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public service after having employed in it the whole of my past life; and now that the triumph has conferred rights so sublime upon all, shall I alone be deprived of that prerogative? No, the congress and the Colombian people are just; they will not seek to give me up to the ignominy of desertion. But a few days now remain to me: I have passed more than two thirds of my life; let me then be permitted to hope for an obscure death in the silent retirement of my paternal mansion. My sword and heart will nevertheless ever be Colombia's, and my last sigh will ascend to heaven for her happiness.
"I implore from the congress and from the people the favour of simple citizenship.
"God preserve your excellency,
"Most excellent sir,
Proclamation of Bolivar, dated 19th June, 1827.
"Colombians! your enemies threaten the destruction of Colombia: it is my duty to save it.
"I have now been fourteen years at your head, by the almost unanimous wish of the people. At every period of the glory and prosperity of the republic I have resigned the supreme command with the most perfect sincerity. I have desired nothing so much as to divest myself of irresponsible power; an instrument of tyranny which I detest even more than ignominy itself. But, ought I to abandon you in the moment of peril? Would it be the conduct of a soldier or a citizen? No, Colombians! I am resolved to confront every danger rather than anarchy should usurp the laws of liberty, or rebellion that of the constitution.
"As a citizen, as liberator and president, my duty imposes upon me the glorious necessity of sacrificing myself for you. I march, then, to the southern confines of the republic, to expose my life and my fame, to free you from those perfidious men, who, after trampling on their most sacred duties, have raised the
standard of treason to invade the departments which have proved themselves most faithful and most worthy of our protection.
"Colombians! the national voice is suppressed by that modern prætorian band, which have taken upon them to dictate laws to the sovereign which they ought to obey. They have arrogated to themselves the supreme rights of the nation; they have violated every public principle; in a word, the troops, which were Colombians, the auxiliaries of Peru, have wished to establish in their country a novel and foreign government upon the spoils of the republic; and, in their outrages and insults, surpass even our ancient oppressors.
"Colombians! I appeal to your glory and to your patriotism. United round that national flag, which has been borne in triumph from the mouth of the Orinoco to the summits of Potosi, continue your attachment to it, and the nation will yet preserve its liberty, and again repose, with full confidence, on the national will for the decision of its destinies. The 'grand convention' is the cry of Colombia, and of most urgent necessity to its welfare. The grand convention I shall without delay convoke, and in its hands I shall deposit the baton and the sword which were given to me by the republic; yes, which were confided to me by the people as constitutional president, as invested with supreme extraordinary authority in the state. We have obtained freedom, and glory, and laws, in spite of our enemies. That freedom, that glory, and those laws, we will preserve in spite of a monstrous anarchy. "BOLIVAR.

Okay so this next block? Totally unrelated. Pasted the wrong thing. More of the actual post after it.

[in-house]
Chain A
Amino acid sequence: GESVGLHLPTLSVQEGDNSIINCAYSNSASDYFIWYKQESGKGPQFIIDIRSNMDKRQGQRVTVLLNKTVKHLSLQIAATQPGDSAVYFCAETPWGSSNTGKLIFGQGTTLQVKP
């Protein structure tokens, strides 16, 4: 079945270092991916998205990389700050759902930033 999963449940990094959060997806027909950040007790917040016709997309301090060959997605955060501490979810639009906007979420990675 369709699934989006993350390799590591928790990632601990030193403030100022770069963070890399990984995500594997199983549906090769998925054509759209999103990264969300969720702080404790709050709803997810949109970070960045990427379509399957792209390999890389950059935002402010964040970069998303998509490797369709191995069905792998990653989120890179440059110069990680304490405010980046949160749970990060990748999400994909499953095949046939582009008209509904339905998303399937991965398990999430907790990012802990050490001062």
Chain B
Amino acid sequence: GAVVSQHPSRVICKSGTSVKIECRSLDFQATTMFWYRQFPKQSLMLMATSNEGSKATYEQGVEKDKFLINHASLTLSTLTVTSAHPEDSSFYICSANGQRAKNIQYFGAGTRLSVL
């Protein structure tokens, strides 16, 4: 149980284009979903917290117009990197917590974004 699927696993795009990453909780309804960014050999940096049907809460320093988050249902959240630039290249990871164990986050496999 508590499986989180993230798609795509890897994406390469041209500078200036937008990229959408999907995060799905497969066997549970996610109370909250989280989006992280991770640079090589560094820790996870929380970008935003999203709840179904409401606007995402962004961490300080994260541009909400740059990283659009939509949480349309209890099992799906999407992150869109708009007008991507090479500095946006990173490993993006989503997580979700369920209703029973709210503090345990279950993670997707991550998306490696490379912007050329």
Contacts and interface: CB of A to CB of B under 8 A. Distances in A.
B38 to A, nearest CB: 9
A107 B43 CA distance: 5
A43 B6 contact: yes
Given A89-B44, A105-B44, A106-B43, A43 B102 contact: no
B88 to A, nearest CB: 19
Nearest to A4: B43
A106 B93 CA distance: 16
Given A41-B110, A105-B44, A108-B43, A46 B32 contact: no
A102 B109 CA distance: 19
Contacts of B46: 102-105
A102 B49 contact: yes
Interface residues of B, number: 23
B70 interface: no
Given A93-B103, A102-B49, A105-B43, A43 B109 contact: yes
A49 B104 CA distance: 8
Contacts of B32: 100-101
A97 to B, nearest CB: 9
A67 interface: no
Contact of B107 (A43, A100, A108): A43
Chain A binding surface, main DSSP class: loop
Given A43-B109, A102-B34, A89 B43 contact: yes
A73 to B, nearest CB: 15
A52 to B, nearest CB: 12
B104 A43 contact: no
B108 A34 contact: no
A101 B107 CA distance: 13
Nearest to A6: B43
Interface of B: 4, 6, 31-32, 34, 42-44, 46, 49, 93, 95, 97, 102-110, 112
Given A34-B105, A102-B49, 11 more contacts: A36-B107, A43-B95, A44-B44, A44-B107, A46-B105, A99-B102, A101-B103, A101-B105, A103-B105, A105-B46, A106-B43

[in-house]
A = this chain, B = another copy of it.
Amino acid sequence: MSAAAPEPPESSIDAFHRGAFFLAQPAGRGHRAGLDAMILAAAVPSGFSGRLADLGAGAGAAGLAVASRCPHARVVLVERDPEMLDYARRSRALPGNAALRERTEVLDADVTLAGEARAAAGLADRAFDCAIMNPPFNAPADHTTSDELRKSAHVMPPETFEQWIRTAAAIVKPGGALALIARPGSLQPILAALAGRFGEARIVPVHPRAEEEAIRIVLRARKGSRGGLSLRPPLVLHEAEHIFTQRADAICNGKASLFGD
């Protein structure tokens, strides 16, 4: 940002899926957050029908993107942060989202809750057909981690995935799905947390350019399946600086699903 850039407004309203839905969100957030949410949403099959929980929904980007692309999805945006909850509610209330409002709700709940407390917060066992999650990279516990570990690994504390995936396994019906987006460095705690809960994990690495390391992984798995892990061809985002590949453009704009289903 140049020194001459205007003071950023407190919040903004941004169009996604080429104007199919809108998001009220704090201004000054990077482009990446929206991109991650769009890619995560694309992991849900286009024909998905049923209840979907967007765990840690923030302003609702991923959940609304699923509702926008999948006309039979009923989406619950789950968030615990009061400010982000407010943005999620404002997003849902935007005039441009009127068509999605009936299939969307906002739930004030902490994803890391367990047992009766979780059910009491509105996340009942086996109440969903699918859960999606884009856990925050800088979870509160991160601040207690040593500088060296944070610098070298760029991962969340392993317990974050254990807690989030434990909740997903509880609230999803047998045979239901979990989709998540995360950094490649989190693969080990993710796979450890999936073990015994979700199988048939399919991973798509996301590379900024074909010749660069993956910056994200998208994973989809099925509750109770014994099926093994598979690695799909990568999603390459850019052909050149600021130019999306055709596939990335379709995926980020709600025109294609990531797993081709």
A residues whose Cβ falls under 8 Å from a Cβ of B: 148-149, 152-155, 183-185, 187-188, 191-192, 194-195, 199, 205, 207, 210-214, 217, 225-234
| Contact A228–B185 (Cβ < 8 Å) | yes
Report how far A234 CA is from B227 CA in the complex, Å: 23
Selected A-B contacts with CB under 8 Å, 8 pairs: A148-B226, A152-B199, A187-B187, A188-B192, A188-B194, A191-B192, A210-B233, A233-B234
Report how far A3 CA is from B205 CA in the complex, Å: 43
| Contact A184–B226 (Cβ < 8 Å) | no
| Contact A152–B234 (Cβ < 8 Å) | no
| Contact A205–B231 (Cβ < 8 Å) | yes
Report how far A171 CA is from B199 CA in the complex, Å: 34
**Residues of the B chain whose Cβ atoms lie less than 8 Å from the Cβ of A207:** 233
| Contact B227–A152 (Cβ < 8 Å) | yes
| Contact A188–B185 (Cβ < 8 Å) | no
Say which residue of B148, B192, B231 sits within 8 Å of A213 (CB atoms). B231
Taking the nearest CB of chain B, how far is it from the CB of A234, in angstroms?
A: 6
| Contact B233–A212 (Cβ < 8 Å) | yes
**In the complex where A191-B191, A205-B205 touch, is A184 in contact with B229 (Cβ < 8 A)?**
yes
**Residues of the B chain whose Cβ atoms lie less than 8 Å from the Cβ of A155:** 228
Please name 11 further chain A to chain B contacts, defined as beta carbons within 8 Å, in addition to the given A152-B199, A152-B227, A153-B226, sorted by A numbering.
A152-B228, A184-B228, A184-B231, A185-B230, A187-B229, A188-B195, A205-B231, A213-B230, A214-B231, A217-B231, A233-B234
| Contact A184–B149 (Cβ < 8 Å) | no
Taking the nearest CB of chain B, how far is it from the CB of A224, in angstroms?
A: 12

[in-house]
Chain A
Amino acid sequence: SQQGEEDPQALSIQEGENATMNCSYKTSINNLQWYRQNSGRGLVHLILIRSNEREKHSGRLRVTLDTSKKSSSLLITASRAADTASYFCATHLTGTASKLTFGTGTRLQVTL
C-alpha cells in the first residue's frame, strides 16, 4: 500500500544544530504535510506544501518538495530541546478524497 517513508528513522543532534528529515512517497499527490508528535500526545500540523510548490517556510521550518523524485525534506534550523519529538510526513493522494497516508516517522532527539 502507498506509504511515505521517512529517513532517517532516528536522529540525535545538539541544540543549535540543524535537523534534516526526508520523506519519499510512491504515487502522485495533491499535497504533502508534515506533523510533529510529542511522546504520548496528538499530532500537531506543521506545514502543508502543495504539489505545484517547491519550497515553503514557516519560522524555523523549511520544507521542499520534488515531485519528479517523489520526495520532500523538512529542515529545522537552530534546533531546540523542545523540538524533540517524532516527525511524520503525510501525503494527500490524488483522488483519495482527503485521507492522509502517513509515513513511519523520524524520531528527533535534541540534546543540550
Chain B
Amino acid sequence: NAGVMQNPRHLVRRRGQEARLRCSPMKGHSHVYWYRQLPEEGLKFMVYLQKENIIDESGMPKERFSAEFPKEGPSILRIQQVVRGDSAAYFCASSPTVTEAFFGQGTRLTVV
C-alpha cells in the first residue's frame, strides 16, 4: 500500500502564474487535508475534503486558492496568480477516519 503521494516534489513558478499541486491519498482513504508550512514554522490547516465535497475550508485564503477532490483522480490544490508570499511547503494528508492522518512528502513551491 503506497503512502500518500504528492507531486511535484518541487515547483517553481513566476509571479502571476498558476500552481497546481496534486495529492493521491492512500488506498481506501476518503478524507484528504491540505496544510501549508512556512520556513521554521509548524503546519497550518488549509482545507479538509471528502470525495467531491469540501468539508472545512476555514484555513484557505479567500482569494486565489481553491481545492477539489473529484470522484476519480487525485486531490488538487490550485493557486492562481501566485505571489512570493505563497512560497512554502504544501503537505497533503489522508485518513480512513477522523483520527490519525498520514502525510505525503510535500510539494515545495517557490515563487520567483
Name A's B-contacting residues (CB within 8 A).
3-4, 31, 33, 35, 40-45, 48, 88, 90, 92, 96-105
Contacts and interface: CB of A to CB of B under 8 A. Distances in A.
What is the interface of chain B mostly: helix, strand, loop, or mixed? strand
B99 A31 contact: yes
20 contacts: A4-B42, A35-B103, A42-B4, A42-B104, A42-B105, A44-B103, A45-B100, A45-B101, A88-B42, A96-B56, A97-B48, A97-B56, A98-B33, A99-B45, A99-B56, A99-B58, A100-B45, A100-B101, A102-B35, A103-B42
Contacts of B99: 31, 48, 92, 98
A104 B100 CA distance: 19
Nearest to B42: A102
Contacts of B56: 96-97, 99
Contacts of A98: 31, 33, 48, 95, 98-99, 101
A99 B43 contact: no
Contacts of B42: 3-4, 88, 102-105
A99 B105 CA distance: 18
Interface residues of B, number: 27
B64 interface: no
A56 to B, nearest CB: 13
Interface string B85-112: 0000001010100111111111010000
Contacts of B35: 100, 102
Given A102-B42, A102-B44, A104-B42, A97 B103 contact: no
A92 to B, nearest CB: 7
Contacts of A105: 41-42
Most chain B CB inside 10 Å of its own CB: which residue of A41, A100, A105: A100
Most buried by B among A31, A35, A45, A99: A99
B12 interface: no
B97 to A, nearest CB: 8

"Head-quarters, Caracas, 19th June, 1827."
Abadia, Don Pedro de, a Spanish merchant, ii. 144, 145.
Abreu, Spanish commissioner, arrives in Peru, i. 300.
Aguerro, Dr., Don Julian Segunda de, ii. 404. 413.
Alarcon, Captain Don Juan, aide-de-camp to General Miller,
Albano, Cardinal, ii. 396.
Albuquerque, Duke of, i. 36.
Alcazar, General, murdered, i. 228.
Alcedo, governor of Corunna, i. 33.
Aldana, Dr. Lopez, i. 298. 302.
Aldao, Major, i. 282. 295.
Aldunate, Lieutenant-Colonel, i. 293. 416; ii.371.
Alomi, Corporal, assists Captain Brown to escape, i. 223, 283.
Alvarez Condarco, Colonel, ii. 258.
Alvarez, Royalist general, surrenders at Cuzco, ii. 230.
Alvear, Don Carlos de, i. 76; takes Monte Video, 79; elected
Althaus, Colonel, ii. 174; his inexhaustible humour, 178. 181;
Amazons, river, source of the, ii. 139.
Ameller, Royalist Colonel, afterwards General, i. 331; ii. 18.
Americans, their enthusiastic loyalty, i. 31; their generosity, 33.
Andenes or terraces, i. 219.
Andrews, Captain Joseph, ii. 292; arrives at Potosi, 310.
Aramburu, Captain, afterwards commandant, i. 324; is drowned,
Araucanian Indians, their vindictive character, i. 228.
Arches, triumphal, ii. 304.
Arcos, Major, i. 171; his character, ibid., note.
Arenales, Don Juan Antonio de, i. 78; takes Ica, 281;
Arguelles, Don Andres, ii. 283.
Aristizabal, Lieutenant, executed on a charge of conspiracy, ii.
Armistice of Punchauca, i. 302.
Armstrong, Reverend Mr., ii. 426.
Artigas, i. 54.; biography of, 56; his character, 74. 80; his
Artillery, Buenos Ayrean, i. 173.
Atrocities of the Spaniards, i. 41—51.
Asagra, Captain, i. 324; ii. 371.
Assassin, execution of an, ii. 36.
Atacama, description of the desert of, ii. 124.
Auchmuty, General Sir Samuel, i. 58.
Ayacucho, battle of, ii. 197-200.
Ayoma, battle of, i. 77.
Balcarce, Don Antonio de, i. 67. 75; marches against and
attacks Sanchez, i. 226; death of, 227, note.
Ballejos, Major, ii. 285.
Balls, at Lima, i. 402; at Potosi, ii. 290.
Balsas, rafts made of logs of wood, description of, i. 220;
balsas made of bull-hides, ii. 34; description of, 54.
Banda Oriental, i. 82; ii. 409-417.
Banditti, near Lima, i. 386.
Barber Beaumont, Mr., ii. 414.
Bardaxi, minister for foreign affairs at Madrid, ii. 373. 376.
Barnard, Mr. James, ii. 113.254.